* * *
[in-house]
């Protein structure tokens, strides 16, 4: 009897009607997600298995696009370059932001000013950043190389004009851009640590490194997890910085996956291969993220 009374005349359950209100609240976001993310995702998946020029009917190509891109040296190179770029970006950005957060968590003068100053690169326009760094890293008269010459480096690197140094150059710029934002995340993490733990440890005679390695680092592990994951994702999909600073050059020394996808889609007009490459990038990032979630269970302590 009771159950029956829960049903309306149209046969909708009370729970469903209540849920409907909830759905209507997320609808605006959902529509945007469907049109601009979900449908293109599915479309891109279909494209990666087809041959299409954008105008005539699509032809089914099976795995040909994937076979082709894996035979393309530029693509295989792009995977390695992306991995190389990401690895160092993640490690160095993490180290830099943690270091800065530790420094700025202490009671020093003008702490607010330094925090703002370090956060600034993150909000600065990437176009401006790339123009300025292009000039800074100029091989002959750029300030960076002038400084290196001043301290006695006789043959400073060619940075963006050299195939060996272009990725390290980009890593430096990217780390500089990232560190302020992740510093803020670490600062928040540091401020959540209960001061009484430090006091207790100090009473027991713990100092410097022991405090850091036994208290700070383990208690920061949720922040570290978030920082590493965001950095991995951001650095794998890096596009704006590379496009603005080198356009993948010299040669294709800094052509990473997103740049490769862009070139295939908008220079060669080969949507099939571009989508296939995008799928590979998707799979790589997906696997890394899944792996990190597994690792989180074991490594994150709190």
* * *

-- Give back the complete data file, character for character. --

[in-house]
């Protein structure tokens, strides 16, 4: 009897009607997600298995696009370059932001000013950043190389004009851009640590490194997890910085996956291969993220 009374005349359950209100609240976001993310995702998946020029009917190509891109040296190179770029970006950005957060968590003068100053690169326009760094890293008269010459480096690197140094150059710029934002995340993490733990440890005679390695680092592990994951994702999909600073050059020394996808889609007009490459990038990032979630269970302590 009771159950029956829960049903309306149209046969909708009370729970469903209540849920409907909830759905209507997320609808605006959902529509945007469907049109601009979900449908293109599915479309891109279909494209990666087809041959299409954008105008005539699509032809089914099976795995040909994937076979082709894996035979393309530029693509295989792009995977390695992306991995190389990401690895160092993640490690160095993490180290830099943690270091800065530790420094700025202490009671020093003008702490607010330094925090703002370090956060600034993150909000600065990437176009401006790339123009300025292009000039800074100029091989002959750029300030960076002038400084290196001043301290006695006789043959400073060619940075963006050299195939060996272009990725390290980009890593430096990217780390500089990232560190302020992740510093803020670490600062928040540091401020959540209960001061009484430090006091207790100090009473027991713990100092410097022991405090850091036994208290700070383990208690920061949720922040570290978030920082590493965001950095991995951001650095794998890096596009704006590379496009603005080198356009993948010299040669294709800094052509990473997103740049490769862009070139295939908008220079060669080969949507099939571009989508296939995008799928590979998707799979790589997906696997890394899944792996990190597994690792989180074991490594994150709190």